To deal with North Korea, Trump should look to George H. W. Bush

Houston Chronicle Originally Posted: October 19, 2017 BY: Jeffrey A. Engel. Jeffrey Engel is the founding director of SMU's Center for Presidential History and the author of When the World Seemed New: George H.W. Bush and the End of the Cold War, published next month. North Korea's nuclear threat should have been solved 25 years ago. So President Trump proclaims. But the country remains problematic due not to American negligence, but because at a pivotal moment in history its own leaders misread history. We should not repeat their mistake, forgetting the real meaning of the Cold War's end for American policy: the value, and the virtue, of patience. Trump begins his narrative of failure 25 years ago, and so should we. A new democratic age seemed at hand [...]

By | 2017-10-19T19:46:23+00:00 October 19th, 2017|Dedman College of Humanities and Sciences, Dedman College Research, Faculty News, History|Comments Off on To deal with North Korea, Trump should look to George H. W. Bush

No Resting Place: Holocaust Poland. New book reflects unique and transformative human rights learning experience

SMU News Originally Posted: October 17, 2017 DALLAS (SMU) – Bearing witness to Poland’s deep physical and emotional scars that linger long after World War II – when the Nazis made the country the epicenter of the Holocaust – is the focus of a new book by SMU’s Embrey Human Rights Program: No Resting Place: Holocaust Poland (Terrace Partners, $39.95). The large-format hardcover combines more than 200 contemporary photos of occupied Poland’s deadliest Holocaust sites with historical vignettes and poignant observations from those who have experienced one of the most comprehensive, longest-running Shoah study trips offered by a U.S. university. Preview the book here. Each December, the two-week “Holocaust Poland” trip – led for more than 20 years by SMU Prof. Rick Halperin – exposes [...]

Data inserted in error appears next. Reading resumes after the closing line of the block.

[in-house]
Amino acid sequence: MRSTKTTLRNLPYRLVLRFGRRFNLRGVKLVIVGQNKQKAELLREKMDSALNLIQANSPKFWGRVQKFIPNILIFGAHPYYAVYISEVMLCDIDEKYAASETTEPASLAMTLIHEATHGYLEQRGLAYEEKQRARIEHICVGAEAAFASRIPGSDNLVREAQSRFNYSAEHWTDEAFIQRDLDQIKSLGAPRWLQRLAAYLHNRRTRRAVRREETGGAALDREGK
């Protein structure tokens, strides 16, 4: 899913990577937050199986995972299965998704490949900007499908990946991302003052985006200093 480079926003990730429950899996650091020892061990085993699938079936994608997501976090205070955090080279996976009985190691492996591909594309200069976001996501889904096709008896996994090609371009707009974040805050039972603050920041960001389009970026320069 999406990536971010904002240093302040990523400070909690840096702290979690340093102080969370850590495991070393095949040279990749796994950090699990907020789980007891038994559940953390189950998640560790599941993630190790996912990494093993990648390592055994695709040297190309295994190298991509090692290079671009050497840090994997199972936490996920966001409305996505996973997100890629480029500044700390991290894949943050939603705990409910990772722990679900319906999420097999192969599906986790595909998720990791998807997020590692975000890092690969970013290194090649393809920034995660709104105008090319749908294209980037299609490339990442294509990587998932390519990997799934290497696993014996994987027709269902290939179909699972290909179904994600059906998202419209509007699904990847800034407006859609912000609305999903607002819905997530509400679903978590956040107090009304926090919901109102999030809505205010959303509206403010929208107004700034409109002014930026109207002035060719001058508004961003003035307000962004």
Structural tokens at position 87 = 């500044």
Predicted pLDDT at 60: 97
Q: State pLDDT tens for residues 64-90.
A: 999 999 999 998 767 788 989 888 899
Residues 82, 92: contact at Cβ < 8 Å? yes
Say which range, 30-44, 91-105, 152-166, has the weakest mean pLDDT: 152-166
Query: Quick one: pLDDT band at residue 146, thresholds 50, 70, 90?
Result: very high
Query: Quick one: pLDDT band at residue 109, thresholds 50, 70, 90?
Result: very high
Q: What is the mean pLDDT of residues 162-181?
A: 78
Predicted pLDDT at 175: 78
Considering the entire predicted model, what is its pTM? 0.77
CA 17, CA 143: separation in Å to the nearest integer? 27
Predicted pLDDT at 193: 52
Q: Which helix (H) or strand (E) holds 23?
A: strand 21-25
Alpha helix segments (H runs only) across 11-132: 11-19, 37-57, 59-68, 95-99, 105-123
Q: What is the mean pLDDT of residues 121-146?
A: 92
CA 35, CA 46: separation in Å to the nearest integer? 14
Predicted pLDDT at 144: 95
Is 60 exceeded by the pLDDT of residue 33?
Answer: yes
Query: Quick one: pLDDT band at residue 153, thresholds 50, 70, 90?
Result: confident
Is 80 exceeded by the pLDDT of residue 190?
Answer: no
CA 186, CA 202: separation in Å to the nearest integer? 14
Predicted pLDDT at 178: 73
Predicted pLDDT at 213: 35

By | 2017-10-17T18:53:40+00:00 October 17th, 2017|Dedman College of Humanities and Sciences, Dedman College Research, Embrey Human Rights Events, Faculty News|Comments Off on No Resting Place: Holocaust Poland. New book reflects unique and transformative human rights learning experience

Political Firestorm Between Texas Republicans Over Harvey Relief Aid

CBS DFW Originally Posted: October 12, 2017 A source tells CBS11, Governor Abbott felt let down by Texas Republicans in the House for a lack of leadership and for not fighting hard enough for Harvey relief. Texas Governor Greg Abbott delivers a briefing to the public on Hurricane Harvey at the Texas Department of Public Safety building on September 1, 2017 in Austin, Texas. (Photo by Drew Anthony Smith/Getty Images) The Governor told the Houston Chronicle Wednesday that the Texas delegation in the House of Representatives needed a “stiff spine” and that “It appears the Texas delegation will let themselves be rolled by the House of Representatives.” SMU Political Science Professor Matthew Wilson says it’s not just the words, but the man who said them [...]

By | 2017-10-13T10:24:33+00:00 October 13th, 2017|Dedman College of Humanities and Sciences, Dedman College Research, Faculty News, Political Science|Comments Off on Political Firestorm Between Texas Republicans Over Harvey Relief Aid